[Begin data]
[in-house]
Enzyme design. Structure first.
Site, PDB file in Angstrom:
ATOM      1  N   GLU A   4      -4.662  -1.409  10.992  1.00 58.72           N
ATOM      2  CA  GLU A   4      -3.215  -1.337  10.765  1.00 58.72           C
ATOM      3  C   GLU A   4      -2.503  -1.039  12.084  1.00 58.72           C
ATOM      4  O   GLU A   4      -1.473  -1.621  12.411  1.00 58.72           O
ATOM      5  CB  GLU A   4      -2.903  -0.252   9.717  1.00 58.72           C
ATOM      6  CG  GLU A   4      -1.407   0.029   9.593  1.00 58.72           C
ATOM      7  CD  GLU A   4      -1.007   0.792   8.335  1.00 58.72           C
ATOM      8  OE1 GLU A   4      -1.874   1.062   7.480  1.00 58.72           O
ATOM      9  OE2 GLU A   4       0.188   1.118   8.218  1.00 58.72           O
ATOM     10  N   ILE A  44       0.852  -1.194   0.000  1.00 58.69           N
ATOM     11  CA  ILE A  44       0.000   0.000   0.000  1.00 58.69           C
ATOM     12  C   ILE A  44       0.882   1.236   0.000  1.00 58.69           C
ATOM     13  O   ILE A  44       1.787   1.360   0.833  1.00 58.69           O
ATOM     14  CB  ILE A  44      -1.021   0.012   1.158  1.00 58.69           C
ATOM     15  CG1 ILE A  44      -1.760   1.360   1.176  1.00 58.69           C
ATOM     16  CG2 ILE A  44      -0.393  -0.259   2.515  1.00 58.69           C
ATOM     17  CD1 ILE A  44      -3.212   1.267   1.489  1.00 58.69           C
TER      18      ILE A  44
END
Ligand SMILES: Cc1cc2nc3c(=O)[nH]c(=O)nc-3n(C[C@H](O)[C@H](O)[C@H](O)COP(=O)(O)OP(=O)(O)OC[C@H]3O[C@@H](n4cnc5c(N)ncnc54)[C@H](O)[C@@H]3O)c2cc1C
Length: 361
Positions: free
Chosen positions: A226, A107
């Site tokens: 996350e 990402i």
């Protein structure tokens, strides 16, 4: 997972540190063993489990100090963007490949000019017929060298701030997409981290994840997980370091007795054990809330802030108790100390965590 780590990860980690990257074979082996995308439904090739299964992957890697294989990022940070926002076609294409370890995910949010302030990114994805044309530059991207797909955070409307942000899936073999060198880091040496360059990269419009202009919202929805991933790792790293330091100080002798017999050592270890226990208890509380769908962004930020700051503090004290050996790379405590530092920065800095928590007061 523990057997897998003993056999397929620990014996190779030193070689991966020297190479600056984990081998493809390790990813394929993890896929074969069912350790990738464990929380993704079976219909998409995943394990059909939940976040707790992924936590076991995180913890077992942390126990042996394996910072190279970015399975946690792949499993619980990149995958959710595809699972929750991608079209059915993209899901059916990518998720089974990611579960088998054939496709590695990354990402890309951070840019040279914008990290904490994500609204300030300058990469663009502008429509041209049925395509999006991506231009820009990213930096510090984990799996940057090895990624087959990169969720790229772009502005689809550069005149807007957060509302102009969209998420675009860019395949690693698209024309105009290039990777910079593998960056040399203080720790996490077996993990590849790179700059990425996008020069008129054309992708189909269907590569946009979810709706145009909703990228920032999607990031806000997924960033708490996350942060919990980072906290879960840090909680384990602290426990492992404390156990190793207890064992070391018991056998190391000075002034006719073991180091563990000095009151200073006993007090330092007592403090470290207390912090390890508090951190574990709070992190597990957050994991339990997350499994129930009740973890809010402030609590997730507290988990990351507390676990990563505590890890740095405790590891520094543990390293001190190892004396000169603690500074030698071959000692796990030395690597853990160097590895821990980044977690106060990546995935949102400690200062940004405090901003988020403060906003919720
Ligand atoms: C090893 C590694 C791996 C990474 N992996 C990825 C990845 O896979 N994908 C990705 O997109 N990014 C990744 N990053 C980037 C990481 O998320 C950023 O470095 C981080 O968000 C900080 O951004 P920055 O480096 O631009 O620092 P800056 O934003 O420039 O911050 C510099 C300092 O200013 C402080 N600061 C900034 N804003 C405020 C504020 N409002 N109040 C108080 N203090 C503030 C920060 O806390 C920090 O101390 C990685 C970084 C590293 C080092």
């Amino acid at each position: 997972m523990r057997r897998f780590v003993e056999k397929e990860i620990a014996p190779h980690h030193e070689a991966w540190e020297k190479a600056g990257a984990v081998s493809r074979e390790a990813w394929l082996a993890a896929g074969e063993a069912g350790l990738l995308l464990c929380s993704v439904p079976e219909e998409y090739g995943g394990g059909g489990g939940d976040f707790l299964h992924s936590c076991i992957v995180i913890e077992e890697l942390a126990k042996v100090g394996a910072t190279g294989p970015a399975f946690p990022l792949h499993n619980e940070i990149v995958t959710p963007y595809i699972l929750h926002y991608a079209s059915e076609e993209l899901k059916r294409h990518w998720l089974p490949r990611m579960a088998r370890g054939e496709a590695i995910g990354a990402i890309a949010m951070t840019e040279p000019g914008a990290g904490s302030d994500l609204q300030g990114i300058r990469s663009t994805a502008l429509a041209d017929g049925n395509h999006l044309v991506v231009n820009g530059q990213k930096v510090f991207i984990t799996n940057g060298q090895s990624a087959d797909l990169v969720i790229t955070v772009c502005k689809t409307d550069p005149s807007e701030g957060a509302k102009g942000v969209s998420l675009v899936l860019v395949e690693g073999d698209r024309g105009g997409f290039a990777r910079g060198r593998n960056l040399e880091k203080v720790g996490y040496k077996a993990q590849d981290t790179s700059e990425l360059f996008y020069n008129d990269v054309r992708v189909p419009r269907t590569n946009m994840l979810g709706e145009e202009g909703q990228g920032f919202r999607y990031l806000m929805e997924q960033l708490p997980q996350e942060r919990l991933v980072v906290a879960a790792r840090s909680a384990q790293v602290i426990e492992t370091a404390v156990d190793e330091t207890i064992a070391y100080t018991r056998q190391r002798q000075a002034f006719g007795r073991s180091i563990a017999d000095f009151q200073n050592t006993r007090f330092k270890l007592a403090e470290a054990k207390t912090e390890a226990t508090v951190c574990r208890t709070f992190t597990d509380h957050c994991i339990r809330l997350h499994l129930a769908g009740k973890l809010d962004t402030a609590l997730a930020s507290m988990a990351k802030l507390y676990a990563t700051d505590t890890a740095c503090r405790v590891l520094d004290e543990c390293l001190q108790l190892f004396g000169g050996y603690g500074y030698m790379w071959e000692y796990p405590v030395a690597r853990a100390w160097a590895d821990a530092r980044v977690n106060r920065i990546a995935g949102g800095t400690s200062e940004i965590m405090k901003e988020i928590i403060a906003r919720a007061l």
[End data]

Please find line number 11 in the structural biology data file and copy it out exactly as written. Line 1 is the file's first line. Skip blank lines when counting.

ATOM      8  OE1 GLU A   4      -1.874   1.062   7.480  1.00 58.72           O